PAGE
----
When I woke up and checked the time, it was almost 11:30. Woah. I hadn’t slept in this late in several months.
Amanda was already up, so we went to get lunch in Chinatown on a street called Petaling known for its many food & clothing stalls.
We found one of the buffet-style restaurants where you just pick whatever you want from an assortment of trays of food.
We saw a popular tofu stall down the street from where we had lunch, so we decided to check it out. We went with the tau foo fah, which is what the place is best known for. It was basically like a tofu pudding. It tasted very healthy– it came with brown sugar syrup and soy milk, but it wasn’t too sweet.
After lunch, we went to find a travel agency to figure out how to get to our next place. We wanted to go to either Penang or the Perhentian Islands.
We found one near the Central Market. The agent told us getting to the islands would cost about $50 by flight, or we could take a bus for about $25. He made it sound really hard to get there, and we had plans to go to the Thai islands next week anyway, so we reconsidered our itinerary.
We asked if there was anywhere between KL and Penang worth visiting that wasn’t Cameron Highlands (its really touristy there), preferably somewhere with trekking or nature. He recommended Taman Negara. It sounded really good— it’s a big national park with a jungle and river, ideal for trekking— so we were sold.
He tried to sell us a tour package, but we opted to “come back later” so we could go back to the hostel and research a bit more.
Back at the hostel, we found a bus station that would take us to a town near the park. We’d then have to take another bus or boat to the actual park. The boat only leaves 3 times a day, the last one being 2pm, so we’d have to time it pretty accurately in order to catch it.
We researched a bit more and found a couple agencies in Chinatown that would take us all the way to the park so we wouldn’t have to figure it all out ourselves.
We decided to check out the tour companies. It would cost a bit more than doing it ourselves, but it would be way less of a hassle.
The first place, located inside Mandarin Hotel Pacific, told us we’d drive 3 hours to one town, get off the bus, wait one hour, then go on another bus for an hour, then get off and take the ferry to the park. We’d get there around 5:30 and it would be 95 ringgit.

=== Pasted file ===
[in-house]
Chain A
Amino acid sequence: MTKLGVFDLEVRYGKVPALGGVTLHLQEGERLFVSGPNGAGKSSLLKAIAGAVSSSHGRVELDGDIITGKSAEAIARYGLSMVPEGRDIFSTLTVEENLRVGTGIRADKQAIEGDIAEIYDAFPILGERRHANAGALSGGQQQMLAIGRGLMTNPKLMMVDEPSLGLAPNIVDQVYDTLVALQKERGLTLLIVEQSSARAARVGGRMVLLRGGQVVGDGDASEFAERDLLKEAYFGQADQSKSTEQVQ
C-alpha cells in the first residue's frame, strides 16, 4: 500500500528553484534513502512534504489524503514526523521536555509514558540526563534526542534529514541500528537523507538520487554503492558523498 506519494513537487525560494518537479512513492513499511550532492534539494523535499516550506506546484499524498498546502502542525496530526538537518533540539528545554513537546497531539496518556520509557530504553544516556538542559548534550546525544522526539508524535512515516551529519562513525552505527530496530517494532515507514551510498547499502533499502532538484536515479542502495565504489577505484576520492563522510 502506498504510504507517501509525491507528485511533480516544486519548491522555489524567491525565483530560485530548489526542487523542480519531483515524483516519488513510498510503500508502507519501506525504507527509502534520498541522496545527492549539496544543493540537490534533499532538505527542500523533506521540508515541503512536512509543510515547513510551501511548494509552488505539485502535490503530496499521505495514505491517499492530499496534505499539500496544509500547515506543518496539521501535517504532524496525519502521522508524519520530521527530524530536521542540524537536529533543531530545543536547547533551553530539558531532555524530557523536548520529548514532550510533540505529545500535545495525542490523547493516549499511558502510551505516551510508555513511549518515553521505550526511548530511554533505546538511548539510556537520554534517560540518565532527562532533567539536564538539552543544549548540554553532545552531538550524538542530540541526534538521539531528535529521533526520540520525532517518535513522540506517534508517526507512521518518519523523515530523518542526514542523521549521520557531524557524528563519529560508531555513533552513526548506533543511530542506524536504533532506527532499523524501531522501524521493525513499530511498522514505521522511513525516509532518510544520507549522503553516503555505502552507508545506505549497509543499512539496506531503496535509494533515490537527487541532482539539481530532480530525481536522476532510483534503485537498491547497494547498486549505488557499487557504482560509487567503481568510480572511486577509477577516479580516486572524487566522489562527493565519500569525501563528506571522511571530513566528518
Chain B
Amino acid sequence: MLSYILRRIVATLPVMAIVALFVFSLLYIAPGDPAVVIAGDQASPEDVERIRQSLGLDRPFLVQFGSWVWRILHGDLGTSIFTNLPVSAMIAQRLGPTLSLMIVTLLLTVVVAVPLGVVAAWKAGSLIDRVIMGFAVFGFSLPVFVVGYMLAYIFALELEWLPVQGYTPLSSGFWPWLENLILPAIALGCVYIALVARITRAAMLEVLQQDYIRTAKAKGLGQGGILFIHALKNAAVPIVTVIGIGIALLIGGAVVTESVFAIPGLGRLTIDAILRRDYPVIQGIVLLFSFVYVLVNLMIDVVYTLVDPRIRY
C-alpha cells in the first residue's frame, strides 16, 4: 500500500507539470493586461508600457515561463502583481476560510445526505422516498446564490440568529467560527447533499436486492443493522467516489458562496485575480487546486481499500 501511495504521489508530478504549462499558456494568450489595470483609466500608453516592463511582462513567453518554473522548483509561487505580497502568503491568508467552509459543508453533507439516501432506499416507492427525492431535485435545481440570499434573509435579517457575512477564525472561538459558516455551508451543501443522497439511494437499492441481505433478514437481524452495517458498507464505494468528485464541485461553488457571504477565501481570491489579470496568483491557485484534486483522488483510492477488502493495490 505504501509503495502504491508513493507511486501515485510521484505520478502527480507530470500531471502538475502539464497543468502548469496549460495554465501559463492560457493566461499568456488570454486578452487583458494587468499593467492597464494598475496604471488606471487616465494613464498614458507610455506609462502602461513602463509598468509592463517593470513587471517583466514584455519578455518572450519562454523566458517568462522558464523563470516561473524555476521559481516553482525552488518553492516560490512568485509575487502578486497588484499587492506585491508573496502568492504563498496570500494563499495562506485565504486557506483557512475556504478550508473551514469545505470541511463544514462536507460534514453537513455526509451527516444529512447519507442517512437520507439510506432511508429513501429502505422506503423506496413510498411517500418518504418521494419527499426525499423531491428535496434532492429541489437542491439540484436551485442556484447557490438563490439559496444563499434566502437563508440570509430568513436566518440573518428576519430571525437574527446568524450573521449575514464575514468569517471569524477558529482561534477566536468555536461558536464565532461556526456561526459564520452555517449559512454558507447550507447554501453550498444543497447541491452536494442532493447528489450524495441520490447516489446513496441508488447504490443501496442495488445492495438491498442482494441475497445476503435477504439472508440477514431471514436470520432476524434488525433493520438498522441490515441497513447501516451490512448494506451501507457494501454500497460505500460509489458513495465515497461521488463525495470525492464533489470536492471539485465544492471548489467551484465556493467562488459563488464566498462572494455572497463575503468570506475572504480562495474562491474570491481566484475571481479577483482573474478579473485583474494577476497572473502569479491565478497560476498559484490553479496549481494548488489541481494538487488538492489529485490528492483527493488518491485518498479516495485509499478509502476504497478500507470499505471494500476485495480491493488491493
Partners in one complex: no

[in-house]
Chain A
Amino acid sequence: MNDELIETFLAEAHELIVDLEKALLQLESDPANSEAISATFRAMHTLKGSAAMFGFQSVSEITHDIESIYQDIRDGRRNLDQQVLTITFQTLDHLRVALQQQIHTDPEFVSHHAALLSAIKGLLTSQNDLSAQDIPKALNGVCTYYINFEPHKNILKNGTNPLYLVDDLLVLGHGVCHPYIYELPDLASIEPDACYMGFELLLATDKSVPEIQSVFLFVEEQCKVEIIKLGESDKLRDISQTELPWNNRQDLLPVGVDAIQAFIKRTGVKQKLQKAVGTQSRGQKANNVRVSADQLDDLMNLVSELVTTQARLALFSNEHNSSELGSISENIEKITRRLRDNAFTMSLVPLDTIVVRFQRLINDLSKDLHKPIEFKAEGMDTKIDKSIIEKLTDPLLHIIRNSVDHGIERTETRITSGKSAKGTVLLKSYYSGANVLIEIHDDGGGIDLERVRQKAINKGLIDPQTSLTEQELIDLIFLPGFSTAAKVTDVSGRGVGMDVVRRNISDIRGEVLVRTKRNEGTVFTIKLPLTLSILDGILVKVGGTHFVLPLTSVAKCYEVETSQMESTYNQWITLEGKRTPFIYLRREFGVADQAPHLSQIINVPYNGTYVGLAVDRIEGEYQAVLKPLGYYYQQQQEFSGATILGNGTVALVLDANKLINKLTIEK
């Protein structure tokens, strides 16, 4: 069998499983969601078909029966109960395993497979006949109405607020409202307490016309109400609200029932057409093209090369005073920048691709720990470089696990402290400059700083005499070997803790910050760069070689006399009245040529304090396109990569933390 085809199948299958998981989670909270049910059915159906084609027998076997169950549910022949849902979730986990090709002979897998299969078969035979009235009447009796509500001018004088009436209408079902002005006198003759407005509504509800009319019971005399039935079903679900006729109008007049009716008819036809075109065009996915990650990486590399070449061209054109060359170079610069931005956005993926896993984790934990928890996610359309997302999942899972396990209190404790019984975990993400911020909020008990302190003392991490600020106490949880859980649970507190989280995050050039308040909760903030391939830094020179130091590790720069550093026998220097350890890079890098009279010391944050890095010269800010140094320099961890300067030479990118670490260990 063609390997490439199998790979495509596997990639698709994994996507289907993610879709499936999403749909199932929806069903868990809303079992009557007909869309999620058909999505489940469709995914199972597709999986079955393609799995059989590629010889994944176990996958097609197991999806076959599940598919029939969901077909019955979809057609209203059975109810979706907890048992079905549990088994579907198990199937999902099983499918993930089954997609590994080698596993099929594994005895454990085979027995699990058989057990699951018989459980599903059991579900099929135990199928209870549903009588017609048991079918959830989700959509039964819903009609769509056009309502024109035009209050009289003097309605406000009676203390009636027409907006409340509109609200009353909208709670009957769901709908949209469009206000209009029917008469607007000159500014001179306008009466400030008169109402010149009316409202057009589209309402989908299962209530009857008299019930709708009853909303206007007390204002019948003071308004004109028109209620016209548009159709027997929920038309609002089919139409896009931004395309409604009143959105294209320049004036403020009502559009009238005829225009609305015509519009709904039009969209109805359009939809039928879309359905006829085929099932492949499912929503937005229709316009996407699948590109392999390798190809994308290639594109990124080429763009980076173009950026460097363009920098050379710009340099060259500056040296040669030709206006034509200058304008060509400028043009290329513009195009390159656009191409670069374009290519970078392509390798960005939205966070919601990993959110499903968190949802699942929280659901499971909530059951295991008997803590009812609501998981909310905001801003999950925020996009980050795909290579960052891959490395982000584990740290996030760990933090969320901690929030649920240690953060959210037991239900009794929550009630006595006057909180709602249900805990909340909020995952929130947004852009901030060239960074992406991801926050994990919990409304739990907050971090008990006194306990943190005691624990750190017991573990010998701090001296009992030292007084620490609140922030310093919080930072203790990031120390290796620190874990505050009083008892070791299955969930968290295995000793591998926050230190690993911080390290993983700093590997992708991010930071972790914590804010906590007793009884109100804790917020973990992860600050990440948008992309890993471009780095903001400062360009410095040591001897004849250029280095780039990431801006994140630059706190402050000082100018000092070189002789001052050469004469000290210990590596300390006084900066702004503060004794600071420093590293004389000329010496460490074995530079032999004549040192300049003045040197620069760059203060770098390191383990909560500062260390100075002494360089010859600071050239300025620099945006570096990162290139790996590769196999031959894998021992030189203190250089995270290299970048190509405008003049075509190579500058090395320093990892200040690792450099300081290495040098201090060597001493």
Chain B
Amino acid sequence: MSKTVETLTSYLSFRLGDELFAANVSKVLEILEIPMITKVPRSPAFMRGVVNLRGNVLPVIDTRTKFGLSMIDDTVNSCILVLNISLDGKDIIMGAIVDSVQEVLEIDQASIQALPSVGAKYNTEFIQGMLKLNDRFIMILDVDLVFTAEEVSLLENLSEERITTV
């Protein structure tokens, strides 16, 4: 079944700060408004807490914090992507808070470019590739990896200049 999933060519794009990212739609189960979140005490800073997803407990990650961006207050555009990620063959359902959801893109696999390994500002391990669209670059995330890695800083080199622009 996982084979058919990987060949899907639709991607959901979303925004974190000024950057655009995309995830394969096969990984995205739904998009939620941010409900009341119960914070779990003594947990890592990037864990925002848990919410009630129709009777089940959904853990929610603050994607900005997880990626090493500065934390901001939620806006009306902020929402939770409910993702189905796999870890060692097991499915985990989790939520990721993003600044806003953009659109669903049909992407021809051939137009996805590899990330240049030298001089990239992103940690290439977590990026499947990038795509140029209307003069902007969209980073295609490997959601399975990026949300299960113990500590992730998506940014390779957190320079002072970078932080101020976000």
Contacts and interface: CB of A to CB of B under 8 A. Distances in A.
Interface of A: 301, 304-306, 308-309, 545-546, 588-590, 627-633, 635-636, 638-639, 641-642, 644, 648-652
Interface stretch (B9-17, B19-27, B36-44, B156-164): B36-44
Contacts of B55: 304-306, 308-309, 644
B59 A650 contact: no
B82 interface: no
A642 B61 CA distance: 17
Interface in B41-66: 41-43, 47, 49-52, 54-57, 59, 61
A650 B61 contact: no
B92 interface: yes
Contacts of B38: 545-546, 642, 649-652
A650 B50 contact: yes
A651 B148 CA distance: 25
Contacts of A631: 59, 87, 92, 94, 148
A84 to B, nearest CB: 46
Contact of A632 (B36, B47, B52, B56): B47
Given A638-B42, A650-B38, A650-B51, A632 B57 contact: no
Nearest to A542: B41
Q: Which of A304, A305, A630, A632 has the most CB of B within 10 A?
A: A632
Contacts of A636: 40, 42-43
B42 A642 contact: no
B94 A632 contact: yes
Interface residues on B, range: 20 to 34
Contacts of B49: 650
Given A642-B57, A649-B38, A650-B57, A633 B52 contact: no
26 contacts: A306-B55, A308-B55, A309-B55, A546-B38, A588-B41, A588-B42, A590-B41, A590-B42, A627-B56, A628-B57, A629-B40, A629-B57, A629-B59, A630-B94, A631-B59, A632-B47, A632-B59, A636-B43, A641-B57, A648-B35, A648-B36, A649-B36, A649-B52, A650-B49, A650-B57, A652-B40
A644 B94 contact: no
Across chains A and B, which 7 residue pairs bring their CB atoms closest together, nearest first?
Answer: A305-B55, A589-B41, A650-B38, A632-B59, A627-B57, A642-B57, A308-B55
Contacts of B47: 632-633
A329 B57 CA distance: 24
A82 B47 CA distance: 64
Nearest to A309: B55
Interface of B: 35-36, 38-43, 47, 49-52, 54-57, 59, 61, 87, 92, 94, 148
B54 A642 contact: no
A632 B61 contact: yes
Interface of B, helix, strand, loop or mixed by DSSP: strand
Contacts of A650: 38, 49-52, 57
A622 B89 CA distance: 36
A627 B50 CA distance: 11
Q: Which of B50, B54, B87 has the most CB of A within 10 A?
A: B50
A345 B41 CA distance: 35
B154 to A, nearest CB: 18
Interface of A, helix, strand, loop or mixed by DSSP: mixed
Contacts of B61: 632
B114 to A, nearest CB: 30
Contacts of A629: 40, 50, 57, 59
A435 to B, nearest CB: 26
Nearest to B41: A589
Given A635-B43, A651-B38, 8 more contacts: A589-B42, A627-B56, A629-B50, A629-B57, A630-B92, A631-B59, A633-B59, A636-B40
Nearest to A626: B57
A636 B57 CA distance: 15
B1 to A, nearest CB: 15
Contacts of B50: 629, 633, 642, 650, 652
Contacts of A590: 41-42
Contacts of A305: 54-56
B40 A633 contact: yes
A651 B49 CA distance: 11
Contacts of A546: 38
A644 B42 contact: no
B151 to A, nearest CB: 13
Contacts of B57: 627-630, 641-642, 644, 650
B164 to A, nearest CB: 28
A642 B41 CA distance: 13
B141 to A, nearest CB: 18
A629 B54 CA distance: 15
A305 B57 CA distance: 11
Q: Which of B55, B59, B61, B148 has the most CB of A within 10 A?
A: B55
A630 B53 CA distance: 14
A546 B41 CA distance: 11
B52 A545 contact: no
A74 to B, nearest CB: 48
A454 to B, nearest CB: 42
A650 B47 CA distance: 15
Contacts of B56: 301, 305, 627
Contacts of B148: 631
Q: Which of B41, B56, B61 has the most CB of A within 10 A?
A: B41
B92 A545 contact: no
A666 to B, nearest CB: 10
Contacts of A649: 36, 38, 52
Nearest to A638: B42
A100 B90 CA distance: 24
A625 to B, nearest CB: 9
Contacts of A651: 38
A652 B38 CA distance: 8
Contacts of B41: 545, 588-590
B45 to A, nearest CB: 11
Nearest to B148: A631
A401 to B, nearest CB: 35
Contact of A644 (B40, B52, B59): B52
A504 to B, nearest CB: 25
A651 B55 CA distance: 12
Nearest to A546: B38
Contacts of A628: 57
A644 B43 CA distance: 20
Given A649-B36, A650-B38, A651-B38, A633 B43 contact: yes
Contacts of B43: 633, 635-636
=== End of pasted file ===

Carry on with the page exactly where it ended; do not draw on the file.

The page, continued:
The second place, Han Travel, was similar, but we’d only take one bus and then get on the ferry. It was also 95 ringgit.
We went with the second place because the lady helping us was really funny and gave off better vibes, plus we would only have to take one bus.
We told her that we wanted to go to Penang after Taman Negara.
“Are you guys vegan?” She asked us.
“Umm… yes… how could you tell??!!” We were shocked.
She didn’t even ask if we were vegetarian. She went straight to vegan.
“I could just tell. Anyway, Penang is great for vegan food.”
Oh, ok, psychic freak lady. She has a better vegan radar than me.
After we settled the bus situation, we walked over to the famous Petronas Twin Towers.
There were so many food markets and clothing markets along the way, it was such a fun walk! The food all looked so good, I wanted to try it all.
We bought mangosteen and some coconut pandan treats. I wanted to try more but we had just eaten lunch and also I don’t have an unlimited budget…
By the time we got to Petronas, we were both super sweaty. KL is ridiculously humid.
We were so happy to walk into the mall and be blasted with cool air from the AC.
I saw that the mall had an athletic store. I wanted to check if they sold any Saucony shoes— mine were really worn out. I’d been wearing the same pair since I started marathon training last summer, so the shoes probably had about a thousand miles at this point. There were holes forming, plus the bottoms had absolutely no traction left whatsoever.
I was happy to find my model— Saucony Kinvara— at the store. They cost about $100, about the same as they would cost in the States. I decided to buy them since I would need them regardless.
We walked back to the hostel in the crazy humidity. I think this is the most humid city I’ve been in thus far.
We chilled for about an hour before heading out again for dinner. We were meeting up with Amanda’s friend, Chia, at a night market.
Chia told us that “locals don’t hang out “ at the night market we chose. Oops. We thought we were at a completely authentic Malaysian place.
She instead took us to Lot 10, a big mall a couple blocks away, where there was more local food in their basement food court.
We couldn’t find any vegetarian/vegan options (everything had either egg, meat, or fish), so we left to go to Pavilion, a mall nearby that was more international.
We went to the basement and found a vegetarian restaurant called Simple Life. The food looked really good and was reasonably priced, so we sat down.
We got crispy pumpkin as an appetizer to share. I’d never had fried pumpkin— I really loved it! It wasn’t too oily and the pumpkin was really nice and sweet.
My matcha latte (with organic soy milk) came in a huge mug and was really delicious. And it was only $2! Most matcha lattes are at least $3, even in SE Asia.
My laksa was also very good, although it was huge. The noodles were endless. I barely managed to finish it.
We walked around the mall a bit after dinner. The ground floor had really immaculate decorations and lights that spanned from the bottom to the very top floor of the mall.
Chia told us,
“This is nothing. Christmas is sponsored by Swarovski.”
The mall apparently gets decked out in crystals and diamonds for Christmas. Damn.
We said by to Chia and walked home, completely exhausted from a full day of exploration.
I tried to sleep, but it being a party hostel, this proved a bit difficult. I tossed and turned for a while. I’m not sure exactly when I dozed off, but it must have been a few hours later.